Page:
The last few miles of the first lap felt quite festive. All the 10 miles finishers are looking forward to the finish, we all know there is a nice downhill stretch ahead. It is hard not to get carried away. I had a giggle at the 3/4mile, 1/2mile, and 1/4 mile to the finish signs - what is 10 extra miles between friends? I got to the 10 mile finish thinking, 'Bother, if I was stopping now I'd be on for a PB!' Only just, but a PB all the same! I did worry about the wheels coming off in the second half, but I didn't really have any option other than to carry on running, so I did.
Given that more people run 20 miles at this event than run 10, it is surprising how empty the roads feel on the second lap. The first mile - until the turn into Folly Lane - involved lots of overtaking of people who had finished the 10 mile race and were going back to the car park! The lack of distraction made it feel a bit harder, although I still managed to chat away quite happily to people I was passing and others who were passing me. The wind had also picked up and we ran the first couple of miles of the second lap into a rather bracing breeze! Slopes that had seemed inconsequential when last encountered now felt like the north face of the Eiger. The hills at 16 and 18 miles were still there - just with few people running up them!
The last three miles were a bit dull. Not many people around, scenery you've seen before, and my confused brain trying to work out if we'd done the last uphill bit of if we still had that to look forward to. At 17 miles I'd looked at my watch and realised that I was on for a PB. In fact, I could slow right down and still get a PB. I didn't slow down though, I just carried on. I was still overtaking a few people, although a couple of people who obviously take this pacing lark seriously did fairly whizz past at 19 miles!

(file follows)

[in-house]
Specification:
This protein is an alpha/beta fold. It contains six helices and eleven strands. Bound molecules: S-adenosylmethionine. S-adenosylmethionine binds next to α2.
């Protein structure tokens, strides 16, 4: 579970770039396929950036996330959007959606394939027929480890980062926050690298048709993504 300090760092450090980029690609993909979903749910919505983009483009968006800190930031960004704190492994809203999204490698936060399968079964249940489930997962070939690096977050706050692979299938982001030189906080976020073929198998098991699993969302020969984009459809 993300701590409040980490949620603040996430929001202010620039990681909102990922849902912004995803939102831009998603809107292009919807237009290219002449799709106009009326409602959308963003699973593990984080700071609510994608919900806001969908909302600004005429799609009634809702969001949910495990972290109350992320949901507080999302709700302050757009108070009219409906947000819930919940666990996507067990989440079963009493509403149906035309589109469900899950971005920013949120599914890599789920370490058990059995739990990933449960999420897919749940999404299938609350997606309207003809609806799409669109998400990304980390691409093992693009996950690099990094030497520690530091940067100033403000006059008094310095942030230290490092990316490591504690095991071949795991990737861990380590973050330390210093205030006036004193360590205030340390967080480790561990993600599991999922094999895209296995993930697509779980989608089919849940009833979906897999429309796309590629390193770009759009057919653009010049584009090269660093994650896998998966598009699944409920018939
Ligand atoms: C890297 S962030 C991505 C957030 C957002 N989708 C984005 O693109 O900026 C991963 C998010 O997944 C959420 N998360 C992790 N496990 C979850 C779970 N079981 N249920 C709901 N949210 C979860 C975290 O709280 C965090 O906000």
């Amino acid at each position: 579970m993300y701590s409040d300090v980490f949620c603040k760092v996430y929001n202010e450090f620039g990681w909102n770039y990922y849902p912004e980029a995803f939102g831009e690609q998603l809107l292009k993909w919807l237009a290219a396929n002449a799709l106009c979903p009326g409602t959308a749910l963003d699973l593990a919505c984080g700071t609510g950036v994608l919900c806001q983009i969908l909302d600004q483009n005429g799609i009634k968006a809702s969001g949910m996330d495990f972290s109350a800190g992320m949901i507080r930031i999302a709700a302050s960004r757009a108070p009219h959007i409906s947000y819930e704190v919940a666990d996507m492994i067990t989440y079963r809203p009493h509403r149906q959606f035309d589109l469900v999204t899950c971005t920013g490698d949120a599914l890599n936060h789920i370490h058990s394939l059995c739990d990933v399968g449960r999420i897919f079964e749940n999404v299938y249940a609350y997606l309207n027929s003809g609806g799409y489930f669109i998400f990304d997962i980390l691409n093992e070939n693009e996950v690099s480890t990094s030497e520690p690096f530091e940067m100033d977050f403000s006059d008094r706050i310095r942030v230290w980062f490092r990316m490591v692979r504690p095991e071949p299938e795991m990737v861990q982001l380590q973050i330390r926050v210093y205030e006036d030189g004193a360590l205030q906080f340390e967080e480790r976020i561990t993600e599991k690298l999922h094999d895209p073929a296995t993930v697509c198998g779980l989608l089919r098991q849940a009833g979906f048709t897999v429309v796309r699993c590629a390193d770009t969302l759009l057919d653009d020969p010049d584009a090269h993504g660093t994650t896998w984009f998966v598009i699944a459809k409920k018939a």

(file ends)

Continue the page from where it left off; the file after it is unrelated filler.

|"I asked for gin!"|
And then we were on the final downhill section to the finish. I was smiling so much and felt as thought I could carry on running for miles! One spectator pointed at me and said 'Look at her - she doesn't look like it was an effort at all!' I threw myself past one last runner as we approached the finish and was over the line and feeling elated! I felt as though I was bouncing up and down with excitement. An 11 minute PB! I removed my timing chip, miracles never cease - I could actually bend over and remove it all by myself! The support at the finish of the 20 mile race is a bit more muted than at the end of the 10 - lots of people have gone home by then, but it was still great to be over the line.
Then, back to A&G's, having collected my medal, for tea, chilli and gossip and to see how everyone else had got on. I had zero expectations of this race when I turned up this morning, but it turned out to be a fabulous day out! I had no idea I was capable of running so well. Thank you to Reading Road Runners for organising the race, and to A&G for their hospitality.
|Keeping Britain/Bramley tidy|
(*) He didn't catch me up. I wasn't unsportsmanlike in my whoop of joy at running faster than him.